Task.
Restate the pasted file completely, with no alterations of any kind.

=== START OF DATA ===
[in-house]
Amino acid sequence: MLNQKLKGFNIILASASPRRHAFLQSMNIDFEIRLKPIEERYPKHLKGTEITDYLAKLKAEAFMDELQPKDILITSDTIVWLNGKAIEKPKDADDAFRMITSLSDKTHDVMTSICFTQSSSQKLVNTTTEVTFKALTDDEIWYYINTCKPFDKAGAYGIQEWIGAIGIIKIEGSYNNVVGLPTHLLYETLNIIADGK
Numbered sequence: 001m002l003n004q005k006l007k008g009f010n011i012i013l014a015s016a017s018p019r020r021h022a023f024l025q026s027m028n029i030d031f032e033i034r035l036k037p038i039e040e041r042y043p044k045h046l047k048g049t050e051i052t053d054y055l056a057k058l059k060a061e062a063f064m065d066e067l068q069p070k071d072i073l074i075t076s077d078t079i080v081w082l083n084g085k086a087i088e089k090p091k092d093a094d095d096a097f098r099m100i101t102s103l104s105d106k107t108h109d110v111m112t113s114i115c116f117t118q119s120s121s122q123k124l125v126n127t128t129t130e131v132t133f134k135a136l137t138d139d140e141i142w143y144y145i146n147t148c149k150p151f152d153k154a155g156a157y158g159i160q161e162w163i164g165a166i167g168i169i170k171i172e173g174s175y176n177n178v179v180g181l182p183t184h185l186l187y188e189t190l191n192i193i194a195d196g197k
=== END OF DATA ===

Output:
[in-house]
Amino acid sequence: MLNQKLKGFNIILASASPRRHAFLQSMNIDFEIRLKPIEERYPKHLKGTEITDYLAKLKAEAFMDELQPKDILITSDTIVWLNGKAIEKPKDADDAFRMITSLSDKTHDVMTSICFTQSSSQKLVNTTTEVTFKALTDDEIWYYINTCKPFDKAGAYGIQEWIGAIGIIKIEGSYNNVVGLPTHLLYETLNIIADGK
Numbered sequence: 001m002l003n004q005k006l007k008g009f010n011i012i013l014a015s016a017s018p019r020r021h022a023f024l025q026s027m028n029i030d031f032e033i034r035l036k037p038i039e040e041r042y043p044k045h046l047k048g049t050e051i052t053d054y055l056a057k058l059k060a061e062a063f064m065d066e067l068q069p070k071d072i073l074i075t076s077d078t079i080v081w082l083n084g085k086a087i088e089k090p091k092d093a094d095d096a097f098r099m100i101t102s103l104s105d106k107t108h109d110v111m112t113s114i115c116f117t118q119s120s121s122q123k124l125v126n127t128t129t130e131v132t133f134k135a136l137t138d139d140e141i142w143y144y145i146n147t148c149k150p151f152d153k154a155g156a157y158g159i160q161e162w163i164g165a166i167g168i169i170k171i172e173g174s175y176n177n178v179v180g181l182p183t184h185l186l187y188e189t190l191n192i193i194a195d196g197k